The instance of King Uzziah who was overcome by the taint of the same malady.

OF Uzziah, the ancestor of this king of whom we have been speaking, himself also praised in all things by the witness of the Scripture, after great commendation for his virtue, after countless triumphs which he achieved by the merit of his devotion and faith, learn how he was cast down by the pride of vainglory. "And," we are told, "the name of Uzziah went forth, for the Lord helped him and had strengthened him. But when he was made strong, his heart was lifted up to his destruction, and he neglected the Lord his God."(1) You behold another instance of a most terrible downfall, and see how two men so upright and excellent were undone by their very triumphs and victories. Whence you see how dangerous the successes of prosperity generally are, so that those who could not be injured by adversity are ruined, unless they are careful, by prosperity; and those who in the conflict of battle have escaped the danger of death fall before their own trophies and triumphs.


Several testimonies against vainglory.

AND so the Apostle warns us: "Be not desirous of vainglory."(2) And the Lord, rebuking the Pharisees, says, "How can ye believe, who receive glory from one another, and seek not the glory which comes from God alone?"(8) Of these too the blessed David speaks with a threat: "For God hath scattered the bones of them that please men."(4)


Of the ways in which vainglory attacks a monk.

IS the case also of beginners and of those who have as yet made but little progress either in powers of mind or in knowledge it usually puffs up their minds, either because of the quality of their voice because they can sing well, or because their bodies are emaciated,(5) or because they are of a good figure, or because they have rich and noble kinsfolk, or because they have despised a military life and honours. Sometimes too it persuades a man that if he had remained in the world he would easily have obtained honours and riches, which perhaps could not possibly have been secured, and inflates him with a vain hope of uncertain things; and in the case of those things which he never possessed, puffs him up with pride and vanity, as if he were one who had despised them.


How it suggests that a man may seek to take holy orders.

BUT sometimes it creates a wish to take holy orders, and a desire for the priesthood or diaconate. And it represents that if a man has even against his will received this office, he will fulfil it with such sanctity and strictness that he will be able to set an example of saintliness even to other priests; and that he will win over many people, not only by his manner of life, but also by his teaching and preaching. It makes a man, even when alone and sitting in his cell, to go round in mind and imagination to the dwellings and monasteries of others, and to make many conversions under the inducements of imaginary exultatio.


How vainglory intoxicates the mind.

AND so the miserable soul is affected by such vanity--as if it were deluded by a profound slumber--that it is often led away by the pleasure of such thoughts, and filled with such imaginations, so that it cannot even look at things present, or the brethren, while it enjoys dwelling upon these things, of which with its wandering thoughts it has waking dreams, as if they were true.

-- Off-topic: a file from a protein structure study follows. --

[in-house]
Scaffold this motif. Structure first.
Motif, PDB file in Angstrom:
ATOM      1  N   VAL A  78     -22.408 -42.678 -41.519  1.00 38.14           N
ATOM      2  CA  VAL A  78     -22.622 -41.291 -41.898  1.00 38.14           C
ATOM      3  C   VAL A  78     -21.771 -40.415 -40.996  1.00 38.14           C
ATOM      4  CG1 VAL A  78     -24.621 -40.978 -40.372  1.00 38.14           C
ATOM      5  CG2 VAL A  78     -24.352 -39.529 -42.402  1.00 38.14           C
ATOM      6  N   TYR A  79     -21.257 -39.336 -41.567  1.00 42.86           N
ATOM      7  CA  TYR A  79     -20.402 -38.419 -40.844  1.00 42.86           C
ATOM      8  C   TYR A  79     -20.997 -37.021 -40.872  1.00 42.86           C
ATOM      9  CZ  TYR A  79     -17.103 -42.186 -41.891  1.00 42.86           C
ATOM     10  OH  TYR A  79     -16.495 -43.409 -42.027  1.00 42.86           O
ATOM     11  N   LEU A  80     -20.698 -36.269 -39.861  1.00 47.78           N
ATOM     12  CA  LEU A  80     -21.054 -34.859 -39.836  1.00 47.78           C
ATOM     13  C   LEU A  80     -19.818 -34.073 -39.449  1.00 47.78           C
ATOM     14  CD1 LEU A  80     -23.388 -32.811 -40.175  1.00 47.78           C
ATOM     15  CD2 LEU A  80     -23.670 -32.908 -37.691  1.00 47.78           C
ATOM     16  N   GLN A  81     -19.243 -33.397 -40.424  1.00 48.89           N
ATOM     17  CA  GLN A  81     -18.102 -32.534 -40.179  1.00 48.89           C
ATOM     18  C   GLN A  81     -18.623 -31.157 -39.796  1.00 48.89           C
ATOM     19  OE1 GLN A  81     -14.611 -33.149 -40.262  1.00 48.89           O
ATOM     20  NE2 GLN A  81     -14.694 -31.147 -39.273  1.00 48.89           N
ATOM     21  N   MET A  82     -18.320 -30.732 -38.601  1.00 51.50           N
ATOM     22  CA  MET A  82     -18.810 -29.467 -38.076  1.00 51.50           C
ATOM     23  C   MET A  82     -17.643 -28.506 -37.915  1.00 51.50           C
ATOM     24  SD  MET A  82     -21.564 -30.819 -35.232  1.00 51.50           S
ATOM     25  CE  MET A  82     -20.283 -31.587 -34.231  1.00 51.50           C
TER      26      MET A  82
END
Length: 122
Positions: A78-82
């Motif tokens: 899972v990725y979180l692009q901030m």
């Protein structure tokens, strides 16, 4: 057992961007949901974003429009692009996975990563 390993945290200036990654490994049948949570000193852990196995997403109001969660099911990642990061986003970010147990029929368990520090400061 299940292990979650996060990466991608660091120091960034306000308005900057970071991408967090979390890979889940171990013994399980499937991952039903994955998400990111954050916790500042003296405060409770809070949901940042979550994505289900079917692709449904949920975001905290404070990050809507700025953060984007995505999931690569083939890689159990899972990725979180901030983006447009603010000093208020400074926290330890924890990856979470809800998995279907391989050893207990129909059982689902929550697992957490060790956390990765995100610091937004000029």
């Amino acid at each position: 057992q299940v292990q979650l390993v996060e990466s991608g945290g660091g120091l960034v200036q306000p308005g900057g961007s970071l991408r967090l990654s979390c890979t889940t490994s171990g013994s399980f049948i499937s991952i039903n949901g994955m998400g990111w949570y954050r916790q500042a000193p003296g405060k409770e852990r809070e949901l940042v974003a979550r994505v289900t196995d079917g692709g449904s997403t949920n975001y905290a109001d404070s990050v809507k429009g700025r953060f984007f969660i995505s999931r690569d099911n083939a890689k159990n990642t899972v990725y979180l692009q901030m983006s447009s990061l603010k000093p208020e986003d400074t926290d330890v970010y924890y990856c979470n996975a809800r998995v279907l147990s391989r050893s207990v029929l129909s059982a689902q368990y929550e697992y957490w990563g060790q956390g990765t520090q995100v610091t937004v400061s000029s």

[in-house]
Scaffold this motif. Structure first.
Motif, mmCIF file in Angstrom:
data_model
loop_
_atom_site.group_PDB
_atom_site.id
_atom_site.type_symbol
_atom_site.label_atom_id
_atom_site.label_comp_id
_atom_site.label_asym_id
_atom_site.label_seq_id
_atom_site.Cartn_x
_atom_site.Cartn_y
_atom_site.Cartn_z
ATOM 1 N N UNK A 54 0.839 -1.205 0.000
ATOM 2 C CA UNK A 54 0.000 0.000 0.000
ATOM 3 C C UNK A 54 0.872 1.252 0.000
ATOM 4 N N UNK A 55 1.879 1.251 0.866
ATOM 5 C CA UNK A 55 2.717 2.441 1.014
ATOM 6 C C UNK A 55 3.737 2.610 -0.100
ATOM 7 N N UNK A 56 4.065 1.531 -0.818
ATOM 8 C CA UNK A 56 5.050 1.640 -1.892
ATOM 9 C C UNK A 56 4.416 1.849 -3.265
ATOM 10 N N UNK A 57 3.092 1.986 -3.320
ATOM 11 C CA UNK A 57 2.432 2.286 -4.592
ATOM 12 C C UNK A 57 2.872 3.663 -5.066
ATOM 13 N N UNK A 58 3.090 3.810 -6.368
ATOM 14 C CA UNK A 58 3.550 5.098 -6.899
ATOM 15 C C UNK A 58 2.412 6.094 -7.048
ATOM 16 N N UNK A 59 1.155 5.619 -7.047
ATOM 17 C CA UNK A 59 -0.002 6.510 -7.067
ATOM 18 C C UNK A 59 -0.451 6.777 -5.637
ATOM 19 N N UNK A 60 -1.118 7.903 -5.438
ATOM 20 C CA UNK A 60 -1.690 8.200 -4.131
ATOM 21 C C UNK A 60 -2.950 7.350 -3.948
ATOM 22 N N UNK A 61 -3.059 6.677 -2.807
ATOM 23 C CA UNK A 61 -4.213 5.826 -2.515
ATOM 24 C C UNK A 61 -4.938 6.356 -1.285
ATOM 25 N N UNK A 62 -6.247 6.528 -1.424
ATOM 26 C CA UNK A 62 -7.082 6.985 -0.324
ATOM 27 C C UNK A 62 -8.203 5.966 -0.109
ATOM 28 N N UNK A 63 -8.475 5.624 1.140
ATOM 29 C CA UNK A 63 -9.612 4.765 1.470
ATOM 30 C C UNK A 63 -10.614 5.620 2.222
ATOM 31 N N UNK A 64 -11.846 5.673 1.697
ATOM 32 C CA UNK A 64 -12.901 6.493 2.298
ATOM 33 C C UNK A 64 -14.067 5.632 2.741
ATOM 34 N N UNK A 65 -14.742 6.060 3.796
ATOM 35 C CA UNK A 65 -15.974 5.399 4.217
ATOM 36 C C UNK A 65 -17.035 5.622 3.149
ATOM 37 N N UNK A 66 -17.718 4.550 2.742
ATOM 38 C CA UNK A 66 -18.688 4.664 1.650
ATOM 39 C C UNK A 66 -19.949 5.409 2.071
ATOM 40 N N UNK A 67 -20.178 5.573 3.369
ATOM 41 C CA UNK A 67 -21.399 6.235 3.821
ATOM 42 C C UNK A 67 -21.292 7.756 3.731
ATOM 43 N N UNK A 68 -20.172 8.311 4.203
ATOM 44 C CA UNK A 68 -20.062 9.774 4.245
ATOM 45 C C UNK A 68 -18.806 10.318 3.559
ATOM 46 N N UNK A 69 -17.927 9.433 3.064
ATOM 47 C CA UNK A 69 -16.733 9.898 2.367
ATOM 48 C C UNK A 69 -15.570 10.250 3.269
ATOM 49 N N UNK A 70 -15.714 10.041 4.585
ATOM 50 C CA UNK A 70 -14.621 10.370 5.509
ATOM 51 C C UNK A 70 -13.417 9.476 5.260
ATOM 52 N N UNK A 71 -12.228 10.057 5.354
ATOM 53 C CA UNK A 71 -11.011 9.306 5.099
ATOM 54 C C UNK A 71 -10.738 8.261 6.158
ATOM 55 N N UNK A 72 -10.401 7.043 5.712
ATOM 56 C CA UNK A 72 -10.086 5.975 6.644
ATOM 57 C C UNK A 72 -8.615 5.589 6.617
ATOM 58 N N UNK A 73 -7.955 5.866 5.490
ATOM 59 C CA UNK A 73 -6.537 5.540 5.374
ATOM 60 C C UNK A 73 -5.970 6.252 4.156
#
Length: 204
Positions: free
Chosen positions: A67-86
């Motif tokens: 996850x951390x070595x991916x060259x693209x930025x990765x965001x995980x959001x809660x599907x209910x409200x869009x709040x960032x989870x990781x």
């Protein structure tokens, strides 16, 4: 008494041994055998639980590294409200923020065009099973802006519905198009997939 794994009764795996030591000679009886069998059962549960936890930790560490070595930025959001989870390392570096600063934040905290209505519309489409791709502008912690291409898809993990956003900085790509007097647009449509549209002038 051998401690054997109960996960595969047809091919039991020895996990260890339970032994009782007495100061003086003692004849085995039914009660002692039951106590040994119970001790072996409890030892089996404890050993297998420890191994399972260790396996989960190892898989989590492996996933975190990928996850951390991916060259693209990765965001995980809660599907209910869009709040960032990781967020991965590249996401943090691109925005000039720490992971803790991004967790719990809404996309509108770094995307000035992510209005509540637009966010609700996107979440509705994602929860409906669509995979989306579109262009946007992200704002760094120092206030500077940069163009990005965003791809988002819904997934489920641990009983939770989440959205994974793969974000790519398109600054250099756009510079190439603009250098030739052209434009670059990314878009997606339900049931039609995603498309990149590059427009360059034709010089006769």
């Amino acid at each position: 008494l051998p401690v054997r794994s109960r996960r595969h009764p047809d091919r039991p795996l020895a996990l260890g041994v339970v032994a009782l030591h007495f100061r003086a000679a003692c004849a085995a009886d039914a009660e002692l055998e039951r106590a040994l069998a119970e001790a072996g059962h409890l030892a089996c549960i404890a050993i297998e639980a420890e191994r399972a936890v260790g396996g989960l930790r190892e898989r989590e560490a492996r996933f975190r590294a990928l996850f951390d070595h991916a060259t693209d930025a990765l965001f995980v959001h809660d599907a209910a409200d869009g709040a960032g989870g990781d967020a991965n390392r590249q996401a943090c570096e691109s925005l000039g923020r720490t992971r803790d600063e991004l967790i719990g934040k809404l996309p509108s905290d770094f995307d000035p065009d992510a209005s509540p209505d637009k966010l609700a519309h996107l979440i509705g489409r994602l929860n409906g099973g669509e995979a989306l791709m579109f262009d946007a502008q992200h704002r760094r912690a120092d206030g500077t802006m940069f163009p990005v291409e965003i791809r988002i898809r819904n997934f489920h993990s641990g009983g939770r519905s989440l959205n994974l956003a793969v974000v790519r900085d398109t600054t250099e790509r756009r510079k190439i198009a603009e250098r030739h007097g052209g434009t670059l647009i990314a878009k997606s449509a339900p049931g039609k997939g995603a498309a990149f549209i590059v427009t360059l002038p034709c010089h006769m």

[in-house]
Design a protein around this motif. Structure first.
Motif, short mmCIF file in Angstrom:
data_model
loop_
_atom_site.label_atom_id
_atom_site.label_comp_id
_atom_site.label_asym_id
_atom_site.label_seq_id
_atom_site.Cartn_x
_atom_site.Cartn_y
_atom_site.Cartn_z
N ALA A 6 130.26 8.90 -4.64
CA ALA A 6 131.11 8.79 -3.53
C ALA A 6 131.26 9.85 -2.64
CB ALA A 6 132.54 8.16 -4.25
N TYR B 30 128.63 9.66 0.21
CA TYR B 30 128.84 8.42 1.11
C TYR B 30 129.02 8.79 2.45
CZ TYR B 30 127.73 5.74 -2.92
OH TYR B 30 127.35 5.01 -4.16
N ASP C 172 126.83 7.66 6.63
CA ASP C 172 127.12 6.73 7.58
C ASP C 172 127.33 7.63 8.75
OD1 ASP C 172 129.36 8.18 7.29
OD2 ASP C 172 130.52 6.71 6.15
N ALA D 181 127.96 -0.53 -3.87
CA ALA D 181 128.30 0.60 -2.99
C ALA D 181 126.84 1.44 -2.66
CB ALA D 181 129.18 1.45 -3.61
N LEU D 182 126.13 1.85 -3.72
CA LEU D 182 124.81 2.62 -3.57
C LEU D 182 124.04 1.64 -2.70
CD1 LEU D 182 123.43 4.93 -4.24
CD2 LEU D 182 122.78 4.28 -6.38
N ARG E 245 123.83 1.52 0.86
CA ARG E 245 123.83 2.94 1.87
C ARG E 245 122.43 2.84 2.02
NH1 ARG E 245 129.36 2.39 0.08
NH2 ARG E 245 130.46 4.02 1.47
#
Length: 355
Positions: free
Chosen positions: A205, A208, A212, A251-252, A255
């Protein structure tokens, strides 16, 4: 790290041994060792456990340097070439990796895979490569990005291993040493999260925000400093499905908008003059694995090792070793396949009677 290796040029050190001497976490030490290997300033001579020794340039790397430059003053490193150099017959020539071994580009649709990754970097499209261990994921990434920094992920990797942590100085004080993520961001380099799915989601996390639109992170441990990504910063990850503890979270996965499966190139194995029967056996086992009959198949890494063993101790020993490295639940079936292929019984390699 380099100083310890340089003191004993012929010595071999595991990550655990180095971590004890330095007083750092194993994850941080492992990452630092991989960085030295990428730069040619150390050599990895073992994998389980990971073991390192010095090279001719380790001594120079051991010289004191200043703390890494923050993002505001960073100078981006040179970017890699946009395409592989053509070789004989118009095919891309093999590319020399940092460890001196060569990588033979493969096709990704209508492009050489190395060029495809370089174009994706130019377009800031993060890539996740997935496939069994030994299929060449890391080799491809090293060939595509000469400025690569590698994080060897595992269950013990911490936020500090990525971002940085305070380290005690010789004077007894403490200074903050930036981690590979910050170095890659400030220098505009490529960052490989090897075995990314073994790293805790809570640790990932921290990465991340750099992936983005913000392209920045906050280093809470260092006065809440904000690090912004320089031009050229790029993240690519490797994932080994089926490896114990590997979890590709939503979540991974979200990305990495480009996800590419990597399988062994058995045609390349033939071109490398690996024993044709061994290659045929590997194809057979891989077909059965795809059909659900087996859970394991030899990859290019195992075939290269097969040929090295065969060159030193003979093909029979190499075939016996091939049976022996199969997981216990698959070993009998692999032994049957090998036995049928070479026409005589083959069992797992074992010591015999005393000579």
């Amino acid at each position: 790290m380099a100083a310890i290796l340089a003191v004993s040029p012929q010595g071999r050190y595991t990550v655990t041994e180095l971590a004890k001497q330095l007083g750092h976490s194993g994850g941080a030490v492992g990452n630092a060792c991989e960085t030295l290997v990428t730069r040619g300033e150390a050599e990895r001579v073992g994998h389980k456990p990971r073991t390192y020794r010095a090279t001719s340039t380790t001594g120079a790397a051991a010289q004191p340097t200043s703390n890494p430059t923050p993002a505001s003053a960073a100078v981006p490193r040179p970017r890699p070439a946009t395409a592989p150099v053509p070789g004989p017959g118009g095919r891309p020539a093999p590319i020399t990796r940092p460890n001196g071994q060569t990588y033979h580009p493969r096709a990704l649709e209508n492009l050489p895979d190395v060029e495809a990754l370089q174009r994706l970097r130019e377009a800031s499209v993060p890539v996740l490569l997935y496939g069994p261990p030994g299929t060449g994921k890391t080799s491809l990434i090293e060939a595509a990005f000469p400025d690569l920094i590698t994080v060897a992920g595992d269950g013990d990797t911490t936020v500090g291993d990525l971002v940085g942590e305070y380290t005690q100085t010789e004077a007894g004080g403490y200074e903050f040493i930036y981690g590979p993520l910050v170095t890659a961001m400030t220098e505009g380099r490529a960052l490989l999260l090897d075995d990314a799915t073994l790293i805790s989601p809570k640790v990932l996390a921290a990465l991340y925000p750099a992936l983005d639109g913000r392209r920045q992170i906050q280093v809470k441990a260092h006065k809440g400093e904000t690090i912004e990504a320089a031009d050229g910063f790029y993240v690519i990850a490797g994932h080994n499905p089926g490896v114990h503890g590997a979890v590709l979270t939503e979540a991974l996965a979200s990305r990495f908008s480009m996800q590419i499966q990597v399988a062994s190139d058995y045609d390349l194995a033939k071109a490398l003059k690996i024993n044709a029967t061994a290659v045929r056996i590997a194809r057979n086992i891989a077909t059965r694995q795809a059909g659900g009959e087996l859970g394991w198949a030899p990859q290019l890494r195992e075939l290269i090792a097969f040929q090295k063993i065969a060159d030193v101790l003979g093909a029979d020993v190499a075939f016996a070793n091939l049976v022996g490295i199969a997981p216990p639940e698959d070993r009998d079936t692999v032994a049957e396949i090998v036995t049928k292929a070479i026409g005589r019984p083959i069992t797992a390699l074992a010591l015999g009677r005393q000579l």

Of him whom the superior came upon and found in his cell, deluded by idle vainglory.

I REMEMBER an elder, when I was staying in the desert of Scete, who went to the cell of a certain brother to pay him a visit, and when he had reached the door heard him muttering inside, and stood still for a little while, wanting to know what it was that he was reading from the Bible or repeating by heart (as is customary) while he was at work. And when this most excellent eavesdropper diligently applied his ear and listened with some curiosity, he found that the man was induced by an attack of this spirit to fancy that he was delivering a stirring sermon to the people. And when the elder, as he stood still, heard him finish his discourse and return again to his office, and give out the dismissal of the catechumens, as the deacon does,(6) then at last he knocked at the door, and the man came out, and met the elder with the customary reverence, and brought him in and (for his knowledge of what had been his thoughts made him uneasy) asked him when he had arrived, for fear lest he might have taken some harm from standing too long at the door: and the old man joking pleasantly replied, "I only got here while you were giving out the dismissal of the catechumens."


How faults cannot be cured unless their roots and causes have been discovered.

I THOUGHT it well to insert these things in this little work of mine, that we might learn, not only by reason, but also by examples, about the force of temptations and the order of the sins which hurt an unfortunate soul, and so might be more careful in avoiding the snares and manifold deceits of the enemy. For these things are indiscriminately brought forward by the Egyptian fathers, that by telling them, as those who are still enduring them, they may disclose and lay bare the combats with all the vices, which they actually do suffer, and those which the younger ones are sure to suffer; so that, when they explain the illusions arising from all the passions, those who are but beginners and fervent in spirit may know the secret of their struggles, and seeing them as in a glass, may learn both the causes of the sins by which they are troubled, and the remedies for them, and instructed beforehand concerning the approach of future struggles, may be taught how they ought to guard against them, or to meet them and to fight with them. As clever physicians are accustomed not only to heal already existing diseases, but also by a wise skill to seek to obviate future ones, and to prevent them by their prescriptions and healing draughts, so these true physicians of the soul, by means of spiritual conferences, like some celestial antidote, destroy beforehand those maladies of the soul which would arise, and do not allow them to gain a footing in the minds of the juniors, as they unfold to them the causes of the passions which threaten them, and the remedies which will heal them.


How a monk ought to avoid women and bishops.

WHEREFORE this is an old maxim of the Fathers that is still current,--though I cannot produce it without shame on my own part, since I could not avoid my own sister, nor escape the hands of the bishop,--viz., that a monk ought by all means to fly from women and bishops. For neither of them will allow him who has once been joined in close intercourse any longer to care for the quiet of his cell, or to continue with pure eyes in divine contemplation through his insight into holy things.


Remedies by which we can overcome vainglory.

AND SO the athlete of Christ who desires to strive lawfully in this true and spiritual combat, should strive by all means to overcome this changeable monster of many shapes, which, as it attacks us on every side like some manifold wickedness, we can escape by such a remedy as this; viz., thinking on that saying of David: "The Lord hath scattered the bones of those who please men.(1) To begin with we should not allow ourselves to do anything at the suggestion of vanity, and for the sake of obtaining vainglory. Next, when we have begun a thing well, we should endeavour to maintain it with just the same care, for fear lest afterwards the malady of vainglory should creep in and make void all the fruits of our labours. And anything which is of very little use or value in the common life of the brethren, we should avoid as leading to boasting; and whatever would render us remarkable amongst the others, and for which credit would be gained among men, as if we were the only people who could do it, this should be shunned by us. For by these signs the deadly taint of vainglory will be shown to cling to us: which we shall most easily escape if we consider that we shall not merely lose the fruits of those labours of ours which we have performed at the suggestion of vainglory, but that we shall also be guilty of a great sin, and as impious persons undergo eternal punishments, inasmuch as we have wronged God by doing for the favour of men what we ought to have done for His sake, and are convicted by Him who knows all secrets of having preferred men to God, and the praise of the world to the praise of the Lord.